After taking pictures outside, we went into the former library to see the exhibits there. During our 2006 high school reunion, the mueum’s head curator, Florian Weiss, assembled an extensive temporary exhibit consisting of donations given by alumni from Berlin American High School. It was so much fun to walk through and see reproductions of our lockers along with items donated to recreate a ‘typical’ day at Berlin American High School. Since that was a temporary exhibit, there were different items on display this time around. One of the permanent exhibits is the stretch of spy tunnel that was discovered underground in West Berlin. Earlier, I mentioned how we could not talk on the phone because all of the lines were tapped, this was just another in a long line of Soviet-Allied espionage efforts.

‘Villa del Sol’- was Fra Diavolo’s during American occupation

The Outpost and former Library area was part of the heart of the former American sector. When we lived there, our apartment was half a block north of the Outpost Theater, and Clay Headquarters was half a block south of it. Clay Headquarters was the hub of military command for the American sector back then.  Clay HQ was named after Gen. Lucius D. Clay–the commander of the US Allied forces during the Berlin Airlift. He was a higly decorated Army General who appeared on the cover of Time magazine three times! One of the longest streets in Berlin, Clayallee, was named after him. Clayallee runs in front of the HQ compound past the Outpost and Library and past the back of our living quarters (we could sit on our back patio and watch the cars speed by on Clayallee).

Across the street from the Theater was a very popular Italian restaurant– Fra Diavolo’s. My best friend and I used to go there to eat pizza– one time we infuriated the waiter when we brought our own cans of Dr. Pepper, since we couldn’t afford to buy drinks. I think he cursed us out in Turkish and German! The restaurant is still there, but is now called Villa del Sol.

Plaque at the Berlin Brigade Army Chapel
Front entrance to the Army Chapel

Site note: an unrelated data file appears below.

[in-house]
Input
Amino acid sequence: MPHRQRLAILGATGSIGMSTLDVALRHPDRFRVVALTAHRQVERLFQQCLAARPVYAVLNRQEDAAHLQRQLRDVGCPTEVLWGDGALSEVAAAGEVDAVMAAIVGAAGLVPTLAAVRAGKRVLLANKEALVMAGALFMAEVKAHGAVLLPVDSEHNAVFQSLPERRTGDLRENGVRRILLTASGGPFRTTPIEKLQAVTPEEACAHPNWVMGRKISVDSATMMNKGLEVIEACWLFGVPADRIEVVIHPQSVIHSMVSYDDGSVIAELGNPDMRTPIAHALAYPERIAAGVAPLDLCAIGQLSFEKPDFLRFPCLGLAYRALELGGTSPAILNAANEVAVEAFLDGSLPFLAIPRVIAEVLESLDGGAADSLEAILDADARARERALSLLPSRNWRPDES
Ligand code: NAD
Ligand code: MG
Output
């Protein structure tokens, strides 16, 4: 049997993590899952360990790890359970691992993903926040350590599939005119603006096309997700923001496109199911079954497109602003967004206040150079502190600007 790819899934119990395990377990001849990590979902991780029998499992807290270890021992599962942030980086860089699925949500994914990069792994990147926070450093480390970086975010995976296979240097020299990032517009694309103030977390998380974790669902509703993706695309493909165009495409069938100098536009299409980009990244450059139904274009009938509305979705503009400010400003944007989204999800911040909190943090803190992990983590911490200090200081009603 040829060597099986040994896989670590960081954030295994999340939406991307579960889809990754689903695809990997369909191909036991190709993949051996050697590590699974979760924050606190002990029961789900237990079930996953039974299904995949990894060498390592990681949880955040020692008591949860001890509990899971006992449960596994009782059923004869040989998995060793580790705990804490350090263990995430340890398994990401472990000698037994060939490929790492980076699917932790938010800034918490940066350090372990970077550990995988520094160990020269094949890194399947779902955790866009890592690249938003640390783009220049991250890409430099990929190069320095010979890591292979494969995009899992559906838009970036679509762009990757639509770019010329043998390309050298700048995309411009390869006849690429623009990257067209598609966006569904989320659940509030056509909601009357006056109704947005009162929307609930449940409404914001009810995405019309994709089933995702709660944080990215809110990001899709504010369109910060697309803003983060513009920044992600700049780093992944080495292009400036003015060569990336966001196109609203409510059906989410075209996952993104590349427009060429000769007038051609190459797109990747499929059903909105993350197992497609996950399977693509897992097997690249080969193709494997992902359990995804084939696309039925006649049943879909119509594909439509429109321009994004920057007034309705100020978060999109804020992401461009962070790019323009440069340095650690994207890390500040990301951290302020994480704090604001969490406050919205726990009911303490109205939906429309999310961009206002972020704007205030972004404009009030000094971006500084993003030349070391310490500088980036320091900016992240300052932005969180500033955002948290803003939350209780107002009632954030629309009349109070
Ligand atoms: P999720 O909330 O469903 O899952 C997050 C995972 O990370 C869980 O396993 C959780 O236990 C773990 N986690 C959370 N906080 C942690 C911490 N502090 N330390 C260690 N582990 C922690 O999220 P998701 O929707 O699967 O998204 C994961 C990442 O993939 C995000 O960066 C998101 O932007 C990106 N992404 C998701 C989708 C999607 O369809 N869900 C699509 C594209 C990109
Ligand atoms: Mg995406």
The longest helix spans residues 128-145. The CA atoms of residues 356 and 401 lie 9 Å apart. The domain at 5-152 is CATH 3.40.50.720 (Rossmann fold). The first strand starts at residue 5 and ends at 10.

We also stopped by the Army Chapel to take pictures, it is located across the street from the German cemetary which is a block away from our old high school- Berlin American High School–now named Wilma Rudolph Oberschule. We had our Senior Baccalaureate Service at the Chapel, though I doubt any public schools have religious services to bless the graduates these days.

We then drove to meet one of my best friends from high school for lunch. Bobby, his girlfriend and a German friend I made through Bobby on facebook all met us at an Italian restaurant across the street from Bobby’s place.

Riding a PG Bike
After lunch, we went over to Bobby’s flat because I needed to pick up some things we had left earlier in the week. Bobby also wanted to show me one of his new business ventures. He is the US distributor for PG Bikes– a motorized bicycle that was featured on Jay Leno’s Garage in 2011. Orlando Bloom owns one, I have a promo shot of him on pinterest here. I was excited to see the bike in real life, but didn’t expect that Bobby would let me ride it! It was so incredible. It is absolutely silent, but as light weight as a bike and fast as a motorcyle– talk about German engineering! Plus, you can either pedal it like a bike or engage the motor and ride like a motorcycle. I really wanted one after riding it. I can see why the rich and famous are clamoring to own one.
Since this was our last day in Berlin, we said our goodbyes and went back to our flat in the former East to finish packing for our morning flight. I cannot believe what an incredible two weeks we had in Israel and Germany. It was a trip of a lifetime. I hope and pray that I will be able to return to Israel in the near future. And, I look forward to my return to Berlin in 2014 for the 25th Anniversary of the Fall of the Wall celebration.

I hope that those who took the time to read this blog (it only took me 20 months to chronicle all 14 days!) will be inspired to visit both countries. Israel, for it is truly a spiritual experience, no matter your faith background and Berlin, Germany because it is my second home. Most people do not realize it, but besides being famous for being a ‘spy’ city, it is the most inexpensive major Western European city to visit. A recent report lists Germany as the mose inexpensive Western European country for travel. I would strongly urge you to consider visiting the Holy Land and/or Germany as your next overseas travel destination!